Before the invention of traditional pottery wheels, people used hand-woven baskets to carry water. Of course, water retention in baskets is low. So, the people must have yearned for something that can hold more water.
Luckily for them, things changed when they noticed a phenomenon at their water sources (rivers). They realized that the clay in the river took a baked shape – as if it held water. So, from then on, they started making pots from clay.
What Did the Invention of the Pottery Wheel Mean?
With the invention of the potter’s wheel came job specialization and division of labor. The Sumerians kept searching for ways to improve and speed up the production of pots. To do this, they examined the entire process, including firing, shaping, and decorating, and adjusted as necessary.
Due to the invention of the potter’s wheel, trade across the region exploded, leading to the development of modern civilization. There was a gradual improvement in the techniques of the potter’s wheel as the number of people using it increased.
How Did They Make Pottery Without the Wheel?
Before the invention of the traditional potter’s wheel, potters produced pots with several methods, including shaping, pinching, paddling, and coiling.
Handmade pottery had a more rustic look when compared to pottery made with the potter’s wheel. Some believe handmade pottery shows more personality. But if you want to sell pottery, it is better to do it on the wheel. The wheel is faster, and it makes your work look better.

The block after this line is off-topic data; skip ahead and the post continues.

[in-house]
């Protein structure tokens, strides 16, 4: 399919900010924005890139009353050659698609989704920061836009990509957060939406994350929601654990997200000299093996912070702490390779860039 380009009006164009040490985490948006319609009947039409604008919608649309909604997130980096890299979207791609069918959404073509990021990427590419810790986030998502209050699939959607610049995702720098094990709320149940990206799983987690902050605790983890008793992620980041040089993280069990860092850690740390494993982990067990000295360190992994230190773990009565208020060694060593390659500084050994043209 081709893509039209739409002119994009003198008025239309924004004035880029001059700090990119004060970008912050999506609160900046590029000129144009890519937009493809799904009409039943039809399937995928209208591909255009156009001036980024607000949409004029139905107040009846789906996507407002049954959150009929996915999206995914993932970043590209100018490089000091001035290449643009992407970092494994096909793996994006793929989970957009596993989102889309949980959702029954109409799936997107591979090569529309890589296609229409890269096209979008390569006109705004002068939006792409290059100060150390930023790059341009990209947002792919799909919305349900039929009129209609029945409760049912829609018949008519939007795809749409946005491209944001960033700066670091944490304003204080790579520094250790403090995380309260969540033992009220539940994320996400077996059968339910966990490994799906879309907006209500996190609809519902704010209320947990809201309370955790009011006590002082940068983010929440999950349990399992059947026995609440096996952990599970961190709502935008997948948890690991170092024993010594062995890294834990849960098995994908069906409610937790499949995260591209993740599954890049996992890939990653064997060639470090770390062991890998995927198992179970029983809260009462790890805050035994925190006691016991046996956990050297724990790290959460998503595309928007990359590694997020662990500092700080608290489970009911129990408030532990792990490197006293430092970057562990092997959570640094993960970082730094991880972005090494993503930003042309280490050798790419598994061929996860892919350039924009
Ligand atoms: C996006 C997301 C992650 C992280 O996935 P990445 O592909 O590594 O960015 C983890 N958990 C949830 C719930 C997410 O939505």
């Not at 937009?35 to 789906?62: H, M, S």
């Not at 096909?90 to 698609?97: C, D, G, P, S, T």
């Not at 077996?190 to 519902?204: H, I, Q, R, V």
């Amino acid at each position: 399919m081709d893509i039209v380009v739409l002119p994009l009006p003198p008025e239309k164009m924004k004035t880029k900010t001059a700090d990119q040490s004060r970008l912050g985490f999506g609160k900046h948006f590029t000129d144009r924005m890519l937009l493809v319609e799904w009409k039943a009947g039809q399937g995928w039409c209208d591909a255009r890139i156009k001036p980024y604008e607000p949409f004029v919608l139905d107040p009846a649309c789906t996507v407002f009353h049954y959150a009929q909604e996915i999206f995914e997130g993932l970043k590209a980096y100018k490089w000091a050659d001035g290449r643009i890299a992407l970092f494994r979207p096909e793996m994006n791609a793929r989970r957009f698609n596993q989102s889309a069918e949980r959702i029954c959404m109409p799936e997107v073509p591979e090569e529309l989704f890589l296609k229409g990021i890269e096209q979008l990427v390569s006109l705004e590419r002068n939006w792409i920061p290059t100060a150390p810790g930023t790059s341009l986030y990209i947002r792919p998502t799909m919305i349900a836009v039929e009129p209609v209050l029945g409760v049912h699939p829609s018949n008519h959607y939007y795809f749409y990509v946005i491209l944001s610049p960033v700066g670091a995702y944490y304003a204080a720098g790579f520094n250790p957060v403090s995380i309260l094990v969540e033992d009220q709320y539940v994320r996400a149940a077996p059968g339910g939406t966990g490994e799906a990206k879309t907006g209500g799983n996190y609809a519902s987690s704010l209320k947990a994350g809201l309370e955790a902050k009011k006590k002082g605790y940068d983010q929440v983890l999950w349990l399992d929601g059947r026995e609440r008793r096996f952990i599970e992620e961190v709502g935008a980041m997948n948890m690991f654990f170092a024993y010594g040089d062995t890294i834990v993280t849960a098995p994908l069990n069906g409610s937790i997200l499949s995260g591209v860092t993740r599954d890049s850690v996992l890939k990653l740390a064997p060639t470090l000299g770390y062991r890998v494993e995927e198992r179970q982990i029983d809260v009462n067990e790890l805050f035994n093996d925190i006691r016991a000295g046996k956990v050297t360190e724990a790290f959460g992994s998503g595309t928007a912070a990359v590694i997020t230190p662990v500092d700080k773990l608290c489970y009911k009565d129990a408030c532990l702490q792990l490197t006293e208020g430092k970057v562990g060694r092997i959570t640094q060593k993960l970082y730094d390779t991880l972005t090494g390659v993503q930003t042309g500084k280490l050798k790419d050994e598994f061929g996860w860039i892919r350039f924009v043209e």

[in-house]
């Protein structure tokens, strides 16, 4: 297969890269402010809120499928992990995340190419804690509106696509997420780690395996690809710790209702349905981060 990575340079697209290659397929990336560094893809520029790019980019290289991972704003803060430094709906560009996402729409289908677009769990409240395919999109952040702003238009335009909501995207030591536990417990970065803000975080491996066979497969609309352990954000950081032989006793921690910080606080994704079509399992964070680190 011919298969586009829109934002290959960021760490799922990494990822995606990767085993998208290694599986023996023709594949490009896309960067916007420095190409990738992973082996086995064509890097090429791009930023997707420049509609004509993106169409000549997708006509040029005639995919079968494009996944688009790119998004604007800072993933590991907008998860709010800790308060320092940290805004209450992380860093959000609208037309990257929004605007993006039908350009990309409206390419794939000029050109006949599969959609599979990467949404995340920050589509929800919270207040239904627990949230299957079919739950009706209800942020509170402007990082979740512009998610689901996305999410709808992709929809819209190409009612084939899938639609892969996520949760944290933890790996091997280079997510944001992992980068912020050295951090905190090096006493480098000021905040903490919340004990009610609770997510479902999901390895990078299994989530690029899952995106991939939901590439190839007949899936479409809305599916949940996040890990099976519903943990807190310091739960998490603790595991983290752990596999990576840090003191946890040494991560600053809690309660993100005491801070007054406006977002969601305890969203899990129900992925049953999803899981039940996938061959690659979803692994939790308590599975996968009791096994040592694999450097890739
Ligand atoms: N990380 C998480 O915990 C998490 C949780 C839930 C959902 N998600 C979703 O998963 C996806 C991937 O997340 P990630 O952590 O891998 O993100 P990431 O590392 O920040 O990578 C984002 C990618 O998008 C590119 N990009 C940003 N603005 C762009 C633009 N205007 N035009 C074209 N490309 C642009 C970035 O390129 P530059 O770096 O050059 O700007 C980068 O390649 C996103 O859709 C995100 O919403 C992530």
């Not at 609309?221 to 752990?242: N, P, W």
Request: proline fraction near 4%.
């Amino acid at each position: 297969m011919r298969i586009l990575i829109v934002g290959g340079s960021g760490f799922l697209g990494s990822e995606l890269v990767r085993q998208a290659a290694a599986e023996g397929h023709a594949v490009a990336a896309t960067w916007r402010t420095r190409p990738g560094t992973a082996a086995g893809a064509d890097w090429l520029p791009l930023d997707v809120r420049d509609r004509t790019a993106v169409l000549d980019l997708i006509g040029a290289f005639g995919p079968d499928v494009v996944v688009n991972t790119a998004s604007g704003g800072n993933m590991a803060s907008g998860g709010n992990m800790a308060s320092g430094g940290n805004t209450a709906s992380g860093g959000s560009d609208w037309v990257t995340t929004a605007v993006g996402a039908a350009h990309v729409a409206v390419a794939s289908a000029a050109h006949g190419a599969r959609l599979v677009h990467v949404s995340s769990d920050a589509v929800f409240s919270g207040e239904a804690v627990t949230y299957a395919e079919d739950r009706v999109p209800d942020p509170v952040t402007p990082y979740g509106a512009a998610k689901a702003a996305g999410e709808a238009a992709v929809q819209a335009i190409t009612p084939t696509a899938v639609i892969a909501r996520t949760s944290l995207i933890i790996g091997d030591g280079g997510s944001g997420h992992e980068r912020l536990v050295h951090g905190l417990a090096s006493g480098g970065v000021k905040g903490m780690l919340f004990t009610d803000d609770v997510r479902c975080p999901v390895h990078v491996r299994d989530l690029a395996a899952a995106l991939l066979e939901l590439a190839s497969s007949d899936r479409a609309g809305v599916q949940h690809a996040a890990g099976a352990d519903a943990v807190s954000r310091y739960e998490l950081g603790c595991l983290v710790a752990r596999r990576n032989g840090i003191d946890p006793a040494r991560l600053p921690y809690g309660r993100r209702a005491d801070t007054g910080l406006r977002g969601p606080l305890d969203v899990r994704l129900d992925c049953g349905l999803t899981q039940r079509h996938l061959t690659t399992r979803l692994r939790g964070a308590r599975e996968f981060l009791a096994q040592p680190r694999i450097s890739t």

Did Pottery Wheels Lead to the Invention of the Wheel?
Not every archeologist believes the wheel came from the mechanical component of chariots. Several pieces of evidence suggest that the idea for the wheel came from the potter’s wheel.
So, not only did the invention of the potter’s wheel lead to the mass production of pots, but it may also have prompted the use of wheels in things like chariots. The invention of the potter’s wheel also inspired the development of many unique technologies later.
What Was the Difference Between the 16th-Century Potter’s Wheel and the 19th-Century Wheel?
The primary difference between the 16th-century wheel and the 19th-century wheel is the materials used to make them.
The materials used to make the 19th-century potter’s wheel were steel rods, iron, and greased metal bearings. Conversely, the materials used to make 16th-century potter’s wheel were greased leather and wood. However, they also had a metal point with a glass socket at the bottom of the wheel.
Differences Between the Potter’s Wheel in the West and in the East
The difference between the potter’s wheel made in China and Japan and that of the West was the absence of raised seats. In the West, people sat down to do pottery, but in China and Japan, things weren’t quite the same.
The potter’s wheel in the East turned clockwise while the wheel in the West turned counterclockwise. The people in the East used their left hand to make pottery, while those in the West used their right hands.
Most historical evidence suggests the birthplace of the potter’s wheel was Mesopotamia. The potter’s wheel started as a simple cartwheel. Then with time, it evolved into what we have today. The introduction of the potter’s wheel was crucial to the modernization of culture and society.